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Maron - S01E06

Comedy
 

At an AA meeting, Marc becomes a sponsor to Manny, an ex-con just out of prison. Marc finds himself in over his head while he accompanies Manny to his old haunts.

 
Episode Title: Sponsor
Airs: 2013-06-7 at 10:00 pm
  • Hank Stuever

    The acrimony between the two men [Marc Maron and his father] doesn’t register as funny or entertaining. Louis C.K. has shown us, on “Louie,” what sort of deeper meaning can be mined in such deep contempt, but on Maron it just feels ugly and dull.

    Washington Post Full Review
  • Willa Paskin

    Maron is a little bit like the podcast without the guests, which is too much Maron. The best aspects of the show are the moments directly from the podcast, both the monologues and the joking around and interviewing other comedians.

    Salon Full Review
  • Robert Lloyd

    That he is a difficult character is not lost on Maron, or the collective superego that runs his show. Other characters--the supporting performances are shaded and excellent throughout and help take the edges off--find him difficult as well; they stand in for the audience, criticizing him on its behalf.

    Los Angeles Times Full Review
  • Matt Roush

    The sardonically squirm-inducing Maron alternates between slice-of-rant sitcom and self-obsessed podcast from the comedian's garage.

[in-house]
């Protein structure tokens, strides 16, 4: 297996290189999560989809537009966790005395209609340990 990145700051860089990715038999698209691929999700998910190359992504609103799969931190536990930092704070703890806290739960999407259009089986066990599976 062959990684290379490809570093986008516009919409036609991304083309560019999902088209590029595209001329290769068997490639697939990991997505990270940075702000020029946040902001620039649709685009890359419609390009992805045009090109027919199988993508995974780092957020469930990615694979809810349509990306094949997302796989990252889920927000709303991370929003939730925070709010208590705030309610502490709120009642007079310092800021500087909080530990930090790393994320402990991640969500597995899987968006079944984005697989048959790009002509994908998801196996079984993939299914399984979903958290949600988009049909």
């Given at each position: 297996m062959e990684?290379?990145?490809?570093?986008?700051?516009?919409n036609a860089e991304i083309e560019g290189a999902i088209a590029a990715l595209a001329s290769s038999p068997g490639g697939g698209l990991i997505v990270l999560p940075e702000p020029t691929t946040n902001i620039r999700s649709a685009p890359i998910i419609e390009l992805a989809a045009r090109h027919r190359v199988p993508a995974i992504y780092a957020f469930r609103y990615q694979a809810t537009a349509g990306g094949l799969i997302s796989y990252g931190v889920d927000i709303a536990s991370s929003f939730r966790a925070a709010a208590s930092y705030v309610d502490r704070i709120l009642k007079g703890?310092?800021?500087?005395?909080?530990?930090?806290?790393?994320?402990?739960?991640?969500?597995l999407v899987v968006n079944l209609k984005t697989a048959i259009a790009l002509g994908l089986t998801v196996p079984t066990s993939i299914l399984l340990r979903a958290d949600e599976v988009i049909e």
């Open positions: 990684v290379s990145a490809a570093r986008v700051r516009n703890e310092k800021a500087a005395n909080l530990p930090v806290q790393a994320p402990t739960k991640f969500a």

TV Guide Magazine Full Review
  • James Poniewozik

    It can be claustrophobic; it can be, as Marc’s Twitter hater tells him in the first episode, “whiny.” But it can also be quite funny, as Maron’s instinctive kvetchiness runs up against the practicalities of life.

    Time Full Review
  • Matthew Gilbert

    It’s a likable, natural extension of Maron’s brand.

    Boston Globe Full Review
  • Luis Sanchez

    Though its narrative structure and atmosphere take a markedly different tack, Maron presents itself as a fair complement to Louie in that both shows concern themselves with refreshingly substantive masculine types.

    Slant Magazine Full Review
  • Alan Sepinwall

    The three episodes I've seen function as shaggy dog stories: not wildly funny, nor as dark and emotional as "Louie" so often gets, but amusing in spots and with a very clear voice.

    Hitfix Full Review
  • John Anderson

    Maron is short, funny and coherent.

    Wall Street Journal Full Review
  • David Wiegand

    Maron is his own acerbic, sad-sack self, and his new show is worth a look.

    San Francisco Chronicle Full Review
  • Tim Goodman

    It takes what's great about the WTF podcast--Maron's smarts, his profound love of and understanding of comedy and the people who perform it--and adds a scripted, fictional element where Sally Kellerman can play his mother and Judd Hirsch can play his father and a bevy of real-life comics and friends can stop by to mingle the two worlds and it all works out marvelously and hilariously.

    The Hollywood Reporter Full Review
  • Ed Bark

    Maron, 49, seems to be effortlessly gliding through his angst, laughing only rarely while giving viewers far more reason to do so.

    Uncle Barky Full Review
  • Daniel Kohn

    Maron is at its greatest when the comedian plays into the abrasiveness that lands him in trouble with others.

    Under The Radar Full Review